A 24-year-old man with a history of aortic surgery was admitted to our hospital with malaise. Three months before admission to our center, he had undergone AVR in another hospital for congenital aortic stenosis. Ten days after discharge, dyspnea urged him to seek medical contact, and he was re-hospitalized in the same hospital. Upon arrival, severe hypotension, massive pericardial effusion, and cardiac tamponade were detected, and he was transferred to the operating room emergently. The diagnosis of aortic rupture due to extensive endocarditis was made in that hospital. Based on the surgical report, the surgeon observed multiple vegetation attached to the aortic valve and ascending aorta. The bioprosthesis was excised, and he underwent a redo biological valved conduit aortic root replacement (Bentall surgery), and antibiotics therapy was started. The exact antimicrobial initiation dosage and timeline were unclear as we gathered these data based on limited discharge notes. Still, the positive results of the vegetation culture changed the treatment regimen to intravenous (IV) anti-fungal. Based on the discharge sheet, he was treated with the proper intravenous (IV) anti-fungal regimen for one month. Then, he was discharged with oral antifungal treatment. Despite two months of therapy with Voriconazole, he continued to suffer extreme fatigue and was referred to our team for further assessment. Figure 1 shows the brief timeline of the disease presentation. After admission to our hospital, transthoracic echocardiography (TTE) followed by transesophageal echocardiography (TEE) was performed. Diffuse multiple masses in the entire tubular graft with significant flow restriction in ascending aorta were detected. A disrupted aortic tubular graft and a large pseudoaneurysm (1.5 cm × 1.8 cm) in its posterior part were seen. Extending this bulky vegetation from the pseudoaneurysm neck to the peri-aortic space created an extraordinary echocardiographic view (Fig. 2, Videos 1, 2, 3 and 4). Following TEE, the patient underwent a contrast-enhanced Computed tomography (CT) scan, which demonstrated polypoid soft tissue densities in the previous surgery site of the ascending aorta in favor of infective vegetations along with contrast media out pouching adjacent to the aortic root indicating pseudoaneurysm (Fig. 3).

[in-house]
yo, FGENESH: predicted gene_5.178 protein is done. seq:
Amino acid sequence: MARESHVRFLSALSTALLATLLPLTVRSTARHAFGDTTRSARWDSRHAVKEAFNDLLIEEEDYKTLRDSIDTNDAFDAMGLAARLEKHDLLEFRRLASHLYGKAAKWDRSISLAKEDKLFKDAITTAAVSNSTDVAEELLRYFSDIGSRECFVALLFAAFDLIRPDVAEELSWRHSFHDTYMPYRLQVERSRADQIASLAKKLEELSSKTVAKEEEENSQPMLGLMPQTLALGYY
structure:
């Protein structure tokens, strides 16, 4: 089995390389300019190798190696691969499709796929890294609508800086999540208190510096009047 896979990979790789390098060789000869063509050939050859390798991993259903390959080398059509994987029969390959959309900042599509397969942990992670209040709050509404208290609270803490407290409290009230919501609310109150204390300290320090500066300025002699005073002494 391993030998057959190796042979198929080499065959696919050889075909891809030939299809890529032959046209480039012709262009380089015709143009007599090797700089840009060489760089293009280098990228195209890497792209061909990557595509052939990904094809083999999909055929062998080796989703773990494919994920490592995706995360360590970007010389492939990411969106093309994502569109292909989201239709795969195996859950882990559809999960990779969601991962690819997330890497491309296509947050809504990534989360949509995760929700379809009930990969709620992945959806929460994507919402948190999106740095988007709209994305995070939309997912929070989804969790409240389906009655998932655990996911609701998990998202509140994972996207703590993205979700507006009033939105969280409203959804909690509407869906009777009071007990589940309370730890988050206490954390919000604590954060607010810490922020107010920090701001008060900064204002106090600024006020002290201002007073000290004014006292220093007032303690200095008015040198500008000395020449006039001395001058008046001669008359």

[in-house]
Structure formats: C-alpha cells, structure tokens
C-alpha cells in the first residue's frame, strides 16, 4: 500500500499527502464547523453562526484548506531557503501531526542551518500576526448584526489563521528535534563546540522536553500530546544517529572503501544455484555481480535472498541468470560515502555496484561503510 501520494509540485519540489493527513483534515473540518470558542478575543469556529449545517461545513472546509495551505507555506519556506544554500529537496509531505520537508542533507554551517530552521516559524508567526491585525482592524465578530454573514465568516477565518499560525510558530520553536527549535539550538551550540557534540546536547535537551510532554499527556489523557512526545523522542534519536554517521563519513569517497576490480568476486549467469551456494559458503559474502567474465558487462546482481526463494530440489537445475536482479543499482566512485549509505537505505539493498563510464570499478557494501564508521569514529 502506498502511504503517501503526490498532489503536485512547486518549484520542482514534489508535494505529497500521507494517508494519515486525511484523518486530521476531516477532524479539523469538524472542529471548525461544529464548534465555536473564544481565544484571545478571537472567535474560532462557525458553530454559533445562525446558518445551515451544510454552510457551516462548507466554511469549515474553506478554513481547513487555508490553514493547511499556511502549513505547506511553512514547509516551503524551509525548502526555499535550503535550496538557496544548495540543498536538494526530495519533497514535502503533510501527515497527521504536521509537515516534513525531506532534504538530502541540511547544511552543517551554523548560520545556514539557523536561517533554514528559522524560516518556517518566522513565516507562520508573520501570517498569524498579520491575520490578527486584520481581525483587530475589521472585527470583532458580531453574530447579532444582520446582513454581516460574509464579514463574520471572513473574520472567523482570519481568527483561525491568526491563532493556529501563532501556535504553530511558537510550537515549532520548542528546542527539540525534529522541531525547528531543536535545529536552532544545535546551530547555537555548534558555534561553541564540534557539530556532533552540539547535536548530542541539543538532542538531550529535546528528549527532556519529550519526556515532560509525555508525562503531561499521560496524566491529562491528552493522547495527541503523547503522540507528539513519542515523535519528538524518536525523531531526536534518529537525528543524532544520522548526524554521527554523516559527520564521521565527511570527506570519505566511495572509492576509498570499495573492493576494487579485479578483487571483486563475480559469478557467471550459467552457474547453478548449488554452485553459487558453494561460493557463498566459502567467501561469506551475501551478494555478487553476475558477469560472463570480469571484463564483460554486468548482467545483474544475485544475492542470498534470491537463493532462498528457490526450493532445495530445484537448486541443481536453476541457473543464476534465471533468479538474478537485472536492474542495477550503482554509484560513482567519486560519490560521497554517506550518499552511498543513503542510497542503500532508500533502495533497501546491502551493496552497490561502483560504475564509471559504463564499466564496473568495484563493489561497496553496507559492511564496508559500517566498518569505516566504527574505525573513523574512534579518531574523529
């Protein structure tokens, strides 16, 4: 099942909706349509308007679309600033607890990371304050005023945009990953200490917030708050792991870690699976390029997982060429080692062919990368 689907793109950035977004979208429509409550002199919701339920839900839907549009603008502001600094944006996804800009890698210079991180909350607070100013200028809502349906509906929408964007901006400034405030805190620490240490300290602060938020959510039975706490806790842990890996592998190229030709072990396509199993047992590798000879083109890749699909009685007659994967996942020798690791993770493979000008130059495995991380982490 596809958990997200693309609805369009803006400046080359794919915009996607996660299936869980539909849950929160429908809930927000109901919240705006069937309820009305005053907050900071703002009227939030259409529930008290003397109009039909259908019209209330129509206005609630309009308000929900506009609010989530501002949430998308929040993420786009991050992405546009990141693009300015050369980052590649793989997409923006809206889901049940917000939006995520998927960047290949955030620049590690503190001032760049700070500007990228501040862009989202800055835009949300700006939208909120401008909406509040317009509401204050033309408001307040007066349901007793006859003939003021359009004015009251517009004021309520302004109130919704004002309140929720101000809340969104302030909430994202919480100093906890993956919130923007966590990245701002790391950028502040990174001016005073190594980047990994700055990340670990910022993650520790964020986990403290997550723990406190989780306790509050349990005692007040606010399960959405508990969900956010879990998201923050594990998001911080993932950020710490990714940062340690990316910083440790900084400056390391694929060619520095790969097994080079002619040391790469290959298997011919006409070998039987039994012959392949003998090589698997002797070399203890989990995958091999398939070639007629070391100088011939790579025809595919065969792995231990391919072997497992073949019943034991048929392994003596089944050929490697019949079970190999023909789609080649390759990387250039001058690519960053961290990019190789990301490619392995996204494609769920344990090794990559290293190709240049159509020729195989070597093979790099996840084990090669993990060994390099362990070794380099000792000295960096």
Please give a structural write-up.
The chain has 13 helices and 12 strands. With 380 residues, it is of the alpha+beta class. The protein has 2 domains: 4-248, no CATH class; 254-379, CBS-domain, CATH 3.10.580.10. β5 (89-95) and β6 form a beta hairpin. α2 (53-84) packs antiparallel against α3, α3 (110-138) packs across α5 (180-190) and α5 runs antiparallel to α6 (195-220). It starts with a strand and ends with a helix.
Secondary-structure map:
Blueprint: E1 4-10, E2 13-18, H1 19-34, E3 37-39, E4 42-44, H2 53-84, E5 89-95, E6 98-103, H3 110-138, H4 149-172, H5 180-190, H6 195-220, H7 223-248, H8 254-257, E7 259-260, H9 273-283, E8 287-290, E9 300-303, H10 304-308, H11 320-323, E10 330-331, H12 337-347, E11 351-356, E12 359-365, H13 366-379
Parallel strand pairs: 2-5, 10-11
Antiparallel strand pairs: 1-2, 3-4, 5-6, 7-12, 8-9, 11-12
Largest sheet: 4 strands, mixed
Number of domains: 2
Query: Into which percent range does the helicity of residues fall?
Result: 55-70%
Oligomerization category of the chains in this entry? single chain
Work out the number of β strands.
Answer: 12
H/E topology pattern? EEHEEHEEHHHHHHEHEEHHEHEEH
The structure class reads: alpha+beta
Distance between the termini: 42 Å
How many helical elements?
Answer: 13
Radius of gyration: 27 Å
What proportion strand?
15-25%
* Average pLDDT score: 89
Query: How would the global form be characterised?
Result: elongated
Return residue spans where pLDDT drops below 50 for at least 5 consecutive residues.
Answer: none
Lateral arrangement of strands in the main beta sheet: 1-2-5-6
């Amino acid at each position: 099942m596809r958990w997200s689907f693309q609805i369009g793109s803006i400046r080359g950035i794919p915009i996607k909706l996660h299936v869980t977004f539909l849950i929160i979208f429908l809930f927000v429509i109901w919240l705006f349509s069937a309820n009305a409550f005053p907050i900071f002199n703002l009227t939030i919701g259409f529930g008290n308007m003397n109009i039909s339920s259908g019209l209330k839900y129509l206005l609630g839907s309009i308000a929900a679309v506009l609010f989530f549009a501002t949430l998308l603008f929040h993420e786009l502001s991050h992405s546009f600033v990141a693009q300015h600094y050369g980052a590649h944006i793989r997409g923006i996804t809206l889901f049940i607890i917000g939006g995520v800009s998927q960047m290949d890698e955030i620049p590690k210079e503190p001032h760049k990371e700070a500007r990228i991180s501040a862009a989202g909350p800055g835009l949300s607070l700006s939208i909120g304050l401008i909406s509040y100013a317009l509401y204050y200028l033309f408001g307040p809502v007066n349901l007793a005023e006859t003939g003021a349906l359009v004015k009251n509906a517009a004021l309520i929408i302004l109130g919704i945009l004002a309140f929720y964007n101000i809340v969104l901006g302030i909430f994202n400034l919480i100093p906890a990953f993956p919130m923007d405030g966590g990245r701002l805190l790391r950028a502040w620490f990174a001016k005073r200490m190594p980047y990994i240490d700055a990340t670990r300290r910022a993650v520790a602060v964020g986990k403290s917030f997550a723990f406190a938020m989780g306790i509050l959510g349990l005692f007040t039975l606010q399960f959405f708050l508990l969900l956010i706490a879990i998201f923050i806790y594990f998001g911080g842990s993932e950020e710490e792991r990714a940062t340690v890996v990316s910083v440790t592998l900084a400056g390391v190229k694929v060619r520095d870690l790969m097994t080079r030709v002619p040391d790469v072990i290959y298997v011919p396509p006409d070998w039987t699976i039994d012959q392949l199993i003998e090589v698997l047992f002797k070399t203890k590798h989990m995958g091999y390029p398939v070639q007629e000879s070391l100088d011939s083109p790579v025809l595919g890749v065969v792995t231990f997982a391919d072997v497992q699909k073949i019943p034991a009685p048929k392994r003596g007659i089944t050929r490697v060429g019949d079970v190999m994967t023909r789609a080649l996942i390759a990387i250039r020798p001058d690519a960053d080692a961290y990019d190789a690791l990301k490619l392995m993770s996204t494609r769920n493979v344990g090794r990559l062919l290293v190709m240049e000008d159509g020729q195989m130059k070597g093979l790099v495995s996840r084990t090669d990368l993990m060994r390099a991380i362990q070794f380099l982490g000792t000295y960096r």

Fig. 1
figure 1

The timeline of the clinical presentation and surgical management

Fig. 2
figure 2

Transesophageal echocardiography: diffuse multiple masses (red arrow) in the tubular aortic graft with extension to the peri-aortic space (yellow arrow), A large disruption (cyan arrow) and pseudoaneurysm in the posterior part of the tubular graft. Ao, Ascending aorta; LV, Left ventricle